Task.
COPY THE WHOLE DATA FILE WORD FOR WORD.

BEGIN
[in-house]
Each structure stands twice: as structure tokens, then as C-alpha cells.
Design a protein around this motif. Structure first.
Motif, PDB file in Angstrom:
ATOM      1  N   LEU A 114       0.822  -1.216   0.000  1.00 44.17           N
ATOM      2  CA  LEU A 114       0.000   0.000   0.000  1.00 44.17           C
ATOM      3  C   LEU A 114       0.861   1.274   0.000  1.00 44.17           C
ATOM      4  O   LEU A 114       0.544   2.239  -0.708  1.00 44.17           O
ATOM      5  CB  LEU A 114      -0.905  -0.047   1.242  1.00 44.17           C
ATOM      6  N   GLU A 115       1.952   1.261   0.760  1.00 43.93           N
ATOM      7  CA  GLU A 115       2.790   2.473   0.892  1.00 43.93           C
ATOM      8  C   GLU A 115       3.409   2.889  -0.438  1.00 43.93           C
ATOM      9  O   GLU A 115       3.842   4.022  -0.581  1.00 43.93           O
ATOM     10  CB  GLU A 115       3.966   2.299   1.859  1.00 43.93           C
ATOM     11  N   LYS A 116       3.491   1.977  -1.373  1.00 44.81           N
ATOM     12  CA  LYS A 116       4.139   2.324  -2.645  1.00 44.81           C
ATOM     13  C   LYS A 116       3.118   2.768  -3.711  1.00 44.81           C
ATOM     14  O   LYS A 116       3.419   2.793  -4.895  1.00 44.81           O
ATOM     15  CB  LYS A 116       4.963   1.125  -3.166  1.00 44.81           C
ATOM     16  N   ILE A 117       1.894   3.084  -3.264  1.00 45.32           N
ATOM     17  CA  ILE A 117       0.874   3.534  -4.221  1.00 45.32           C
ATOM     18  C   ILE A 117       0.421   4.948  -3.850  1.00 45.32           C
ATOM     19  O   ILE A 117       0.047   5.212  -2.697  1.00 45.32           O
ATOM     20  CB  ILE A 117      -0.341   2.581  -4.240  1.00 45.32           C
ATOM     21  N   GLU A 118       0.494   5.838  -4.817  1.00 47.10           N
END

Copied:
[in-house]
Each structure stands twice: as structure tokens, then as C-alpha cells.
Design a protein around this motif. Structure first.
Motif, PDB file in Angstrom:
ATOM      1  N   LEU A 114       0.822  -1.216   0.000  1.00 44.17           N
ATOM      2  CA  LEU A 114       0.000   0.000   0.000  1.00 44.17           C
ATOM      3  C   LEU A 114       0.861   1.274   0.000  1.00 44.17           C
ATOM      4  O   LEU A 114       0.544   2.239  -0.708  1.00 44.17           O
ATOM      5  CB  LEU A 114      -0.905  -0.047   1.242  1.00 44.17           C
ATOM      6  N   GLU A 115       1.952   1.261   0.760  1.00 43.93           N
ATOM      7  CA  GLU A 115       2.790   2.473   0.892  1.00 43.93           C
ATOM      8  C   GLU A 115       3.409   2.889  -0.438  1.00 43.93           C
ATOM      9  O   GLU A 115       3.842   4.022  -0.581  1.00 43.93           O
ATOM     10  CB  GLU A 115       3.966   2.299   1.859  1.00 43.93           C
ATOM     11  N   LYS A 116       3.491   1.977  -1.373  1.00 44.81           N
ATOM     12  CA  LYS A 116       4.139   2.324  -2.645  1.00 44.81           C
ATOM     13  C   LYS A 116       3.118   2.768  -3.711  1.00 44.81           C
ATOM     14  O   LYS A 116       3.419   2.793  -4.895  1.00 44.81           O
ATOM     15  CB  LYS A 116       4.963   1.125  -3.166  1.00 44.81           C
ATOM     16  N   ILE A 117       1.894   3.084  -3.264  1.00 45.32           N
ATOM     17  CA  ILE A 117       0.874   3.534  -4.221  1.00 45.32           C
ATOM     18  C   ILE A 117       0.421   4.948  -3.850  1.00 45.32           C
ATOM     19  O   ILE A 117       0.047   5.212  -2.697  1.00 45.32           O
ATOM     20  CB  ILE A 117      -0.341   2.581  -4.240  1.00 45.32           C
ATOM     21  N   GLU A 118       0.494   5.838  -4.817  1.00 47.10           N